One of a Kind
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by Etienne Muller
After years of building various types of wooden kayaks, I came across George Dyson’s book, “Baidarka,” and I became intrigued by the evolution of this type of craft. These buoyant boats evolved as multiple chine vessels and are good load carrying craft with particularly good rough water stability and speed. I decided I had to have one, but I like working in wood, so a search brought me to Rob Macs: laughingloon.com. I built my first Baidarka: “North Star.”
I was so impressed by the North Star that I wanted to try another. I wanted to build a Baidarka along the lines of my North Star but with less rocker, and I still had George Dyson’s book in my head, so I asked him to send me the plans for his skin-on-aluminum frame “Dyson 17.”
The “Pole Dancer” project is the result of converting a George Dyson 17′ Baidarka from a skin-on-frame to a cedar strip construction. I am bigger than George Dyson, so I lengthened the boat by fifteen inches and raised the fore deck to get more foot-room. To aid construction I also rounded the chines.
The result is a fast hull with really great rough water stability that suits the seas we have here in South Kerry, Ireland.
My thanks to Rob Macs for cracking the ends of this style of construction and to George Dyson for encouraging me to mutilate his plans for the sake of curiosity, he is a great man.
For a full Photographic build log of Pole Dancer:
2.5 Kayak Retrofit
The 2.5 kayak was strip constructed and home built originally as a single, for accessing wade fishing in the salt marshes of Galveston Bay in Texas. Grandchildren precipitated a refit to accommodate one or two adults with a small child. The deck was removed and a new 2.5 deck (black) insert was fabricated and retrofitted. The kayak is 18′ 6″ long, and 25″ at the max beam. Rules for kayaking with children: learn to swim and tread water, wear PFDs and plan kayaking in calm water and clear weather. Our trips to date have been to observe nature: sea birds, turtles, small alligators and other wild life, in Armand Bayou nature preserve.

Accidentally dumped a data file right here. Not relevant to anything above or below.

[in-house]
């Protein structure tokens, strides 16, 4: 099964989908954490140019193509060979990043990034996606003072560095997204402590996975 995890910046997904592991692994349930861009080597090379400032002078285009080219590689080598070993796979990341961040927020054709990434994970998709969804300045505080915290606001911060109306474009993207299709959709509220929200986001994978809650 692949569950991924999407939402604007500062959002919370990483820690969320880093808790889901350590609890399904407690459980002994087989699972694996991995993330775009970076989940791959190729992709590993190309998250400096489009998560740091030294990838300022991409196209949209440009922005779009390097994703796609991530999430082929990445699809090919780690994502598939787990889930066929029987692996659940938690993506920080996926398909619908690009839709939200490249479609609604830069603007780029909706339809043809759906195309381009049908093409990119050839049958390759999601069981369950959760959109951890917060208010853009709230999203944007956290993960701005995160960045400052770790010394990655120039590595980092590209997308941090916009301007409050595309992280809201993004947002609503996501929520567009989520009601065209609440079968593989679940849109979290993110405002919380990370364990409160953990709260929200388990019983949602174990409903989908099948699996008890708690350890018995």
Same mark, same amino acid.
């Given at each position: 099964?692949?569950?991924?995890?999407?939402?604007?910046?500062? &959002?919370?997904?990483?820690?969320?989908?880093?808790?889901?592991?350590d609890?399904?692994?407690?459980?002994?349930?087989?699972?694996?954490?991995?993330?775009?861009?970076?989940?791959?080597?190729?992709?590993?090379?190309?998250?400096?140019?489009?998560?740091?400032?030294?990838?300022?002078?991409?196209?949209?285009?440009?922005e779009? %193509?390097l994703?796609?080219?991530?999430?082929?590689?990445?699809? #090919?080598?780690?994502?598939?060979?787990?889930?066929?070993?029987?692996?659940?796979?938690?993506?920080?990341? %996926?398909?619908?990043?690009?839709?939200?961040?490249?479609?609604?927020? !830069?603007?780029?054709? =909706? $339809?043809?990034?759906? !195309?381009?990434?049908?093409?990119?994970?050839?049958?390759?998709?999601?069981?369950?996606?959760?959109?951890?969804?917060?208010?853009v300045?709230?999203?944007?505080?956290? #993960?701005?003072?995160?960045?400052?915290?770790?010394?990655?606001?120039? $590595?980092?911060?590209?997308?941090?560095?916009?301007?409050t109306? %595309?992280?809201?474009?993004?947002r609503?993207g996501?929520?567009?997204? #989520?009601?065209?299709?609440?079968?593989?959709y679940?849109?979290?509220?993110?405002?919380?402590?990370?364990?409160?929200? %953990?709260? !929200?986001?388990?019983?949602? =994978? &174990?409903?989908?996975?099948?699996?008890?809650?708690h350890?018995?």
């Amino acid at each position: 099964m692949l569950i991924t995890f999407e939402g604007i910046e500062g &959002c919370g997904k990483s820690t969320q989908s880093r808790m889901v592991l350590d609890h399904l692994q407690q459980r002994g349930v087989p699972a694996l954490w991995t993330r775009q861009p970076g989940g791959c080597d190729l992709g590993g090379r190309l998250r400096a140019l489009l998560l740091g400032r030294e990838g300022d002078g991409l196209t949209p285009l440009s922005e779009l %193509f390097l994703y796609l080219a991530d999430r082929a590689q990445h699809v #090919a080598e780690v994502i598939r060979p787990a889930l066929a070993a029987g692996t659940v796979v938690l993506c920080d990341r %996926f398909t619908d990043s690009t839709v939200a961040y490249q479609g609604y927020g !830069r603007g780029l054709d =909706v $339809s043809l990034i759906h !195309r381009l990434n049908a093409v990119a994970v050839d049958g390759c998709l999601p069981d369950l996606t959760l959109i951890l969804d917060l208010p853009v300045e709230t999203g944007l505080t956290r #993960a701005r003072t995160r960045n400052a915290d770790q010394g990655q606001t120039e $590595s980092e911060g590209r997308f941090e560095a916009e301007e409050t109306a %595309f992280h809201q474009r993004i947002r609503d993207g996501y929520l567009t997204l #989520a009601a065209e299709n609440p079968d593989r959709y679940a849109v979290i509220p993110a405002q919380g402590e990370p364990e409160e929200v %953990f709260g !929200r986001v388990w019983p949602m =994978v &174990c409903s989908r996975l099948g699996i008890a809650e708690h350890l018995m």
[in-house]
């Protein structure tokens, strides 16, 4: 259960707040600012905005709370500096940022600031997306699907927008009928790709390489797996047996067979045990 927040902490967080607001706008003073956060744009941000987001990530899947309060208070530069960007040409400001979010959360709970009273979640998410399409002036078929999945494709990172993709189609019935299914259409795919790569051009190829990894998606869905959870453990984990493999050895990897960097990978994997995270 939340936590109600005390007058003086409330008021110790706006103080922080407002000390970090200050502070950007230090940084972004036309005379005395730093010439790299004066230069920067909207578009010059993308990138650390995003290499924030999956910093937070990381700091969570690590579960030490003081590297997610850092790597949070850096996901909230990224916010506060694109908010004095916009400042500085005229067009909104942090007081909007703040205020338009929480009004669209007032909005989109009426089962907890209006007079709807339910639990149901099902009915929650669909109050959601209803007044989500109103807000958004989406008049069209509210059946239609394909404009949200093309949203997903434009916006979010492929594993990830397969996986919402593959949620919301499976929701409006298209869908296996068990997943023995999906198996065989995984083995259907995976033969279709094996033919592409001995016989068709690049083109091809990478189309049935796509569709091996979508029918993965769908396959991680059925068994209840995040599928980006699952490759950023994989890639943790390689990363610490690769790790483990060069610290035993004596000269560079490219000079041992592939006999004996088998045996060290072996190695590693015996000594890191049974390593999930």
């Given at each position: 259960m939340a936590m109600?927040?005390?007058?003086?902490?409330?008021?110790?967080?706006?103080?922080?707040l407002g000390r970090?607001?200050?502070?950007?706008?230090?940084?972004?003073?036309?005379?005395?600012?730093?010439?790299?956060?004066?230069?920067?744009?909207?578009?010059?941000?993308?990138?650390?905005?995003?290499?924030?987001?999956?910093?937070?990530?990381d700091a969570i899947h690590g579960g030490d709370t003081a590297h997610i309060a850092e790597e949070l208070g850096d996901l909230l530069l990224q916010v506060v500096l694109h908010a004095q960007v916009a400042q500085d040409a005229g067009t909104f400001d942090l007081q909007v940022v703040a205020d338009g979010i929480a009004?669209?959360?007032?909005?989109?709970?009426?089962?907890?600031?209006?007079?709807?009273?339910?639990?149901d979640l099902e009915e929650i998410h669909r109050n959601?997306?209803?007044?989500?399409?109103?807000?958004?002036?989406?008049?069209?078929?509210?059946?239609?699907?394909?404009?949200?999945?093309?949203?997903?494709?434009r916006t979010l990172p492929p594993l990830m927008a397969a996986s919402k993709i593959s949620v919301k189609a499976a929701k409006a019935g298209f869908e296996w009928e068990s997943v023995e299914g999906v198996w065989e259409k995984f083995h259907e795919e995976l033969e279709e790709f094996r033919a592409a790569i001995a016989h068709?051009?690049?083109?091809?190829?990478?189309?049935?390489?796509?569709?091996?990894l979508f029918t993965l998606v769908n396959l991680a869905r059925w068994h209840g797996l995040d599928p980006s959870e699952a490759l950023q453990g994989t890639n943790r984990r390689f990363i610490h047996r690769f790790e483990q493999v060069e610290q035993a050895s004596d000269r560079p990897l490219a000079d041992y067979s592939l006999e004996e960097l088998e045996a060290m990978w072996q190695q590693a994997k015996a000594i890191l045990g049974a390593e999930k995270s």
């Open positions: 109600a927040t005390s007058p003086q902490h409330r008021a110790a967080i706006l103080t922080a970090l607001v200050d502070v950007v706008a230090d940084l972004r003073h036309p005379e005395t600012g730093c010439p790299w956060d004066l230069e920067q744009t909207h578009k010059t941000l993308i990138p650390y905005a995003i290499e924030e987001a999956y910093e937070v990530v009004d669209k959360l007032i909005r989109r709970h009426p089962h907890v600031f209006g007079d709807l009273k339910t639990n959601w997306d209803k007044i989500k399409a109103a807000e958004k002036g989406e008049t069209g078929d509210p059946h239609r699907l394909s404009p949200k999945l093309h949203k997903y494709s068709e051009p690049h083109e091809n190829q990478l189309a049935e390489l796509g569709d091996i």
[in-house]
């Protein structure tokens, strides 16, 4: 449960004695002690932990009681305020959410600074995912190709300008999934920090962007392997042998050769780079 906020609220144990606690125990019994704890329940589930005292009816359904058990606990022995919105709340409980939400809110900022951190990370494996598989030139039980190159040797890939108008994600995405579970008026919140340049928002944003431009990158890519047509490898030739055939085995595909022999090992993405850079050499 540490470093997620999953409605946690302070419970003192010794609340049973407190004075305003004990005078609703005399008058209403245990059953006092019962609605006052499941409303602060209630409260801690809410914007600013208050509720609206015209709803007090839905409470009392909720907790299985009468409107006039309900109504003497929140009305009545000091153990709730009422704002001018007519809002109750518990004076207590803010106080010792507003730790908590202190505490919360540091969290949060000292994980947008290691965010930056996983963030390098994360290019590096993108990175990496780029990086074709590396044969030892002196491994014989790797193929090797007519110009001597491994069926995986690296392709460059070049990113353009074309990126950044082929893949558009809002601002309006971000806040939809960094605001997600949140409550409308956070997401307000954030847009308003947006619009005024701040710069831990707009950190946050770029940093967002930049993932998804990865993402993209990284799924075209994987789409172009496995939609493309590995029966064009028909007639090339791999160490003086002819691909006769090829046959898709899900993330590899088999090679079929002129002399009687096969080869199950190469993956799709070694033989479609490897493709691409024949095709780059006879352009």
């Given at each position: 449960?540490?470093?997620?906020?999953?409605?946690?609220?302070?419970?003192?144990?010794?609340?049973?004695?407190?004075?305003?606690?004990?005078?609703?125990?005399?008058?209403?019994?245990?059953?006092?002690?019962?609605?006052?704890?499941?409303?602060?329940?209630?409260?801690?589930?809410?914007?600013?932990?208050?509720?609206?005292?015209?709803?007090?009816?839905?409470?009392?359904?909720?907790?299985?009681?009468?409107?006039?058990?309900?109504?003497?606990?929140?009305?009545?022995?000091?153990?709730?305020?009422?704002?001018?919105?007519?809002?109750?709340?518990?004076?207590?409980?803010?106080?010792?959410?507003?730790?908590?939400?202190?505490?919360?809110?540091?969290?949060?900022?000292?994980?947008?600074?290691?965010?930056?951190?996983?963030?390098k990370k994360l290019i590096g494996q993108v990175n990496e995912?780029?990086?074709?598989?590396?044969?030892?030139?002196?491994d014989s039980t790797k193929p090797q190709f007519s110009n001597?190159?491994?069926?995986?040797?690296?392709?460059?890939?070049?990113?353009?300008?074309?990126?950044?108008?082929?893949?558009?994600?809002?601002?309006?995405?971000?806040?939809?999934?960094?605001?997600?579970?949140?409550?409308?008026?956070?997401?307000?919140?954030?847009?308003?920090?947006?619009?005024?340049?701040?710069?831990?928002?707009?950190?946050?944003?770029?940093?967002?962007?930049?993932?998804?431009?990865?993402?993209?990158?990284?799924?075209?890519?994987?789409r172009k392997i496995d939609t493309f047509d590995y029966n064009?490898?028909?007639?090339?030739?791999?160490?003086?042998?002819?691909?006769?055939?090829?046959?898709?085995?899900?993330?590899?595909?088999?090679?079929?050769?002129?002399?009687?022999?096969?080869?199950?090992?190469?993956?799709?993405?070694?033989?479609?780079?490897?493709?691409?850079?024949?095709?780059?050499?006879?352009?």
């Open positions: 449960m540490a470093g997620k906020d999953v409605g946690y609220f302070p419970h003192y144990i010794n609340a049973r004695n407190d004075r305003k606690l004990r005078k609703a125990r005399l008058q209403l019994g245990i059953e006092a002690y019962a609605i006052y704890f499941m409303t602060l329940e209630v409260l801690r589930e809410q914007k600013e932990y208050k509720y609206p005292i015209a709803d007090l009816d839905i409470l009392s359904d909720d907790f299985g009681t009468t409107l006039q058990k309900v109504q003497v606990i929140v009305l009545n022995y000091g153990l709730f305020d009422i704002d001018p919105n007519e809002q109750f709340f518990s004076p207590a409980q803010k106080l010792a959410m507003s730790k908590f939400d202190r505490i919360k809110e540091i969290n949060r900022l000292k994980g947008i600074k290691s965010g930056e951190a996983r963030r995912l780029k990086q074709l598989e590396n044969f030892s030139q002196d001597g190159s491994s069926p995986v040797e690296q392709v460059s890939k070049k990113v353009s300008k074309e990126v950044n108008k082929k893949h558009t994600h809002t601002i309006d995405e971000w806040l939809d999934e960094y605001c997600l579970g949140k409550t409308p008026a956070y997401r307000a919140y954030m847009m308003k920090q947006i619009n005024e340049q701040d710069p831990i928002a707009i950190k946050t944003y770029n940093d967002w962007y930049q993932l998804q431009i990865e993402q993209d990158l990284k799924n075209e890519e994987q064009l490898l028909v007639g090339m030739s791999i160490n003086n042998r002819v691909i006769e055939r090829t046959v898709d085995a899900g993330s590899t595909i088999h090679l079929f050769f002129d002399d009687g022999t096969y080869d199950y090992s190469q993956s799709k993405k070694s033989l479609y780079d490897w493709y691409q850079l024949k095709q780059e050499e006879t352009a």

I built Persephone under the mentorship of Mark Reuten of Nomad Boatbuilding, a very talented boat-builder, artist and craftsman. She is built almost entirely of clear Alaskan yellow cedar. Wonderfully fragrant wood, even after three months of travel she still smells delicious when I put my head inside her. The only other wood used is uniquely pink and yellow-marbled western red cedar for the slats that run full length for seating and to make loading and unloading gear easier.
Persephone is a replica of an 1845 collected specimen held in the Museum of Anthropology and Ethnography in Leningrad cataloged as MAE 953-76. We lofted the dimensions up from the line drawings made by David W. Zimmerly in 1975. The rib bending, and stringer placement and curve was done by eye. The tools used were quite simple, a saw, hand-plane, angle finder, hammer, and a needle. I found myself reaching for a tape measure more out of insecurity than real need. I chose to lower the rear deck to enable easier layback rolls, a choice I now regret as it reduced the capacity of the baidarka substantially in the only place a larger drybag could be fit. I shouldn’t have second-guessed the Aleutian Inuit of Akun Island’s wisdom of design.